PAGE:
Testing individual IC packages can be costly. Testing them while still on the wafer is a more economical option. It helps eliminate bad dies from the lot, and only suitable circuits proceed to the packaging stage.

Using MEMS probers, it’s now possible to test several circuits simultaneously, reducing the time spent on the process and lowering costs. These devices are custom-made and match the die under test, DUT.

MEMS probe card structure
MEMS probe card structure

MEMS Probe Card Technology

A MEMS card is a wafer or IC testing device manufactured using micro-fabrication technology. It consists of tiny mechanical and electrical parts. The typical probe (and the most common style) is a circular PCB with connectors on the edges and a hole at its center.

The space in the middle contains an array of pins. These are test needles with sharp points. They contact the pads on the wafer, send test signals to the IC circuits, and relay the results via the card and prober to the ATE (Automatic Testing Equipment) machine.

A MEMS probing card can also have microscopic bumps instead of pins. The beauty of it is that it packs many test contacts in a tiny area, allowing it to test high pin count circuits with ease and increased reliability. The following section details these benefits.

One of the most significant benefits of MEMS probe cards is their reduced pin sizes.
One of the most significant benefits of MEMS probe cards is their reduced pin sizes.

Advantages of MEMS Technology in Wafer Testing

MEMS devices are already present in an extensive range of products. The technology delivers new levels of performance and efficiency in specialized applications, such as semiconductor testing. When used to check microchips electrically, it offers these benefits.

Precision and Accuracy

The tiny probes make precise contact with the microscopic pads of IC circuits, increasing testing accuracy. The low inductance of the probes and reduced parasitic capacitance prevent signal distortion, further improving the results’ reliability levels.

High Density Probing

With microstructures, these probe cards are the best solution for testing densely packed IC wafers. Compared to the traditional probers with larger needles, it matches the pace witnessed in electronics today, where a smaller size is better.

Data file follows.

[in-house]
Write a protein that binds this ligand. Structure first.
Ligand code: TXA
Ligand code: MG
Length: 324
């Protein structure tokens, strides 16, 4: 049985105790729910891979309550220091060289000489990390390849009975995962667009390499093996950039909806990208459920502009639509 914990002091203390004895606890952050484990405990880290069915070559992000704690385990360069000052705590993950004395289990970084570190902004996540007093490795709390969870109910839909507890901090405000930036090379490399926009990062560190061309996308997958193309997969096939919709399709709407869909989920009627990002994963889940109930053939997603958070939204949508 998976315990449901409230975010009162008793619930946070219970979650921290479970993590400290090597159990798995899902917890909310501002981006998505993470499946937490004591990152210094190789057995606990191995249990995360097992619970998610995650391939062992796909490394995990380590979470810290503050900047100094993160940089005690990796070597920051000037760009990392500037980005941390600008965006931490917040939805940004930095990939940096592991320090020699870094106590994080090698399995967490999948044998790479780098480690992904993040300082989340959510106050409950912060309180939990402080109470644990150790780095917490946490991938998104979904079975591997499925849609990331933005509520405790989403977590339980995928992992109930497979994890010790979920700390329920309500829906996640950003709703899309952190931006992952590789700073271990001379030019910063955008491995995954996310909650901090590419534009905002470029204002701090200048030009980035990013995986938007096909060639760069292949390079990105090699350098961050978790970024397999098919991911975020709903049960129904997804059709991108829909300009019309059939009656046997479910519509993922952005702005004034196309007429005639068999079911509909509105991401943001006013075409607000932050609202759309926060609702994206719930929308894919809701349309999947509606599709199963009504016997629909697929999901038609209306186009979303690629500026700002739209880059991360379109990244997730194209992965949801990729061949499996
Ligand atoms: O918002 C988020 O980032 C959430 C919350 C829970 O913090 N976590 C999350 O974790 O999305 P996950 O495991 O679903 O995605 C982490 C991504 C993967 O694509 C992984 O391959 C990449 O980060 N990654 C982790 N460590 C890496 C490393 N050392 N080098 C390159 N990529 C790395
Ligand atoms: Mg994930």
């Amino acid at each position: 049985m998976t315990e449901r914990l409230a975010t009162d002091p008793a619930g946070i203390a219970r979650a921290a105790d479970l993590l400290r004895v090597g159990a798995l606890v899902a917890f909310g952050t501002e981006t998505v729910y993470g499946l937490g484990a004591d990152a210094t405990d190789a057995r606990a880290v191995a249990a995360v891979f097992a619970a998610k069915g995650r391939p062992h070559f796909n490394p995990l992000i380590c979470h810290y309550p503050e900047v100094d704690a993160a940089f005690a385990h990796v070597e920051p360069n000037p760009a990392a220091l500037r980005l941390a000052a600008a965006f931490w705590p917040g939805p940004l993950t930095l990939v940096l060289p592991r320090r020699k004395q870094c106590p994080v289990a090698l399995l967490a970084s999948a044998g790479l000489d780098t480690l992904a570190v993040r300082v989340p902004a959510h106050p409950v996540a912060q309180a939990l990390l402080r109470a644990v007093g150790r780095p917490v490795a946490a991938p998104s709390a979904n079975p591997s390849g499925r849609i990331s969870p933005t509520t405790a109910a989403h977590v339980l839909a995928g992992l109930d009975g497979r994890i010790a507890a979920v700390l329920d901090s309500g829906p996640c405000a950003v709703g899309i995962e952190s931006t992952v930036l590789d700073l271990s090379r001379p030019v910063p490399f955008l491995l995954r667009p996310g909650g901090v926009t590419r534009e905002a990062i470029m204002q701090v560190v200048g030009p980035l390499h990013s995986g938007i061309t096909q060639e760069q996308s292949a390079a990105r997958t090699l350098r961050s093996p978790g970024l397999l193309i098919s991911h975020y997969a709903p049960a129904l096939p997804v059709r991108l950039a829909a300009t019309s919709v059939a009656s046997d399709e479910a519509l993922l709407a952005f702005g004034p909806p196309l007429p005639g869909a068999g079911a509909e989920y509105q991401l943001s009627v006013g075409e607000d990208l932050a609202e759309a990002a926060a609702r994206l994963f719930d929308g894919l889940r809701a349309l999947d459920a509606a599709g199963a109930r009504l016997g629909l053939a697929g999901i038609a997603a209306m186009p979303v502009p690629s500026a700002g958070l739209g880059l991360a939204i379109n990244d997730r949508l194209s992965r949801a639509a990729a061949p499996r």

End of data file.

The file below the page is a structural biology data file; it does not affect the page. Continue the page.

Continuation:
Increased Scalability

The technology adapts to various wafer manufacturing needs and processes, supporting small and large-scale production or simple and highly intricate circuits. It also allows manufacturers to adapt testing devices to new requirements to match industry growth.

Manufacturing micro-card probes for testing miniature semiconductor devices
Manufacturing micro-card probes for testing miniature semiconductor devices

The Future of MEMS Technology in Semiconductor Testing

MEMS technology has proved its effectiveness in the semiconductor industry today, making wafer testing more precise and accurate. With micron-level parts, it keeps pace with the rapid miniaturization of new-age electronics, securing its place as the testing technology of tomorrow.

Currently, research is moving toward producing better microstructures. MEMS manufacturers and other key players are discovering new materials and fabrication technologies—these promise to improve the performance of micro-electromechanical systems and reduce their manufacturing costs.

In the coming years, we will likely witness the wafer testers become even smaller, more powerful, and cheaper than they are now. And that’s just a tip of what’s to come. Integrating artificial intelligence (AI) will increase MEMS testing capabilities tremendously.


MEMS technology has become so popular and widespread since its beginnings several decades ago. Today, it forms the foundation of IC circuit testing, delivering high performance and reliability. Judging by the current trends, micro-electromechanical systems technology will continue to improve and become more powerful than it is now. More importantly, the advancements will see probe card fabrication costs come down.